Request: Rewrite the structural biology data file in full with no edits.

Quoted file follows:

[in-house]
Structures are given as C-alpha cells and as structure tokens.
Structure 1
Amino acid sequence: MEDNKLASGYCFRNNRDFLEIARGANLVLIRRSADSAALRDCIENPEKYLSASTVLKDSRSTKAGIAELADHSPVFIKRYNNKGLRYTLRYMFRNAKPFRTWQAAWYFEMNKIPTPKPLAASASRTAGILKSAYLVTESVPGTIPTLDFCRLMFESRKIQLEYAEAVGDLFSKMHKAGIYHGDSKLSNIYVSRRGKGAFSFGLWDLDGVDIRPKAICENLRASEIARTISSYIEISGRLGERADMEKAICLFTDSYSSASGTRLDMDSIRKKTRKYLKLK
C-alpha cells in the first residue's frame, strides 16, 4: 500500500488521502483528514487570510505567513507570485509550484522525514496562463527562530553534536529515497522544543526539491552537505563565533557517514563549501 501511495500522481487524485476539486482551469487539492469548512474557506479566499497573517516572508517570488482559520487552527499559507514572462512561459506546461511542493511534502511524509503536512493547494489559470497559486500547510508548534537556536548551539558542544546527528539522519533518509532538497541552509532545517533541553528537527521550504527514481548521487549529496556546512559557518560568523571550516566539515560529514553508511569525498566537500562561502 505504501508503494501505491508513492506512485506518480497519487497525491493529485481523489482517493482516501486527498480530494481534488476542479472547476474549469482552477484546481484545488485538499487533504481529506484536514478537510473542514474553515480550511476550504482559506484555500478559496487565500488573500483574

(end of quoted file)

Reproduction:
[in-house]
Structures are given as C-alpha cells and as structure tokens.
Structure 1
Amino acid sequence: MEDNKLASGYCFRNNRDFLEIARGANLVLIRRSADSAALRDCIENPEKYLSASTVLKDSRSTKAGIAELADHSPVFIKRYNNKGLRYTLRYMFRNAKPFRTWQAAWYFEMNKIPTPKPLAASASRTAGILKSAYLVTESVPGTIPTLDFCRLMFESRKIQLEYAEAVGDLFSKMHKAGIYHGDSKLSNIYVSRRGKGAFSFGLWDLDGVDIRPKAICENLRASEIARTISSYIEISGRLGERADMEKAICLFTDSYSSASGTRLDMDSIRKKTRKYLKLK
C-alpha cells in the first residue's frame, strides 16, 4: 500500500488521502483528514487570510505567513507570485509550484522525514496562463527562530553534536529515497522544543526539491552537505563565533557517514563549501 501511495500522481487524485476539486482551469487539492469548512474557506479566499497573517516572508517570488482559520487552527499559507514572462512561459506546461511542493511534502511524509503536512493547494489559470497559486500547510508548534537556536548551539558542544546527528539522519533518509532538497541552509532545517533541553528537527521550504527514481548521487549529496556546512559557518560568523571550516566539515560529514553508511569525498566537500562561502 505504501508503494501505491508513492506512485506518480497519487497525491493529485481523489482517493482516501486527498480530494481534488476542479472547476474549469482552477484546481484545488485538499487533504481529506484536514478537510473542514474553515480550511476550504482559506484555500478559496487565500488573500483574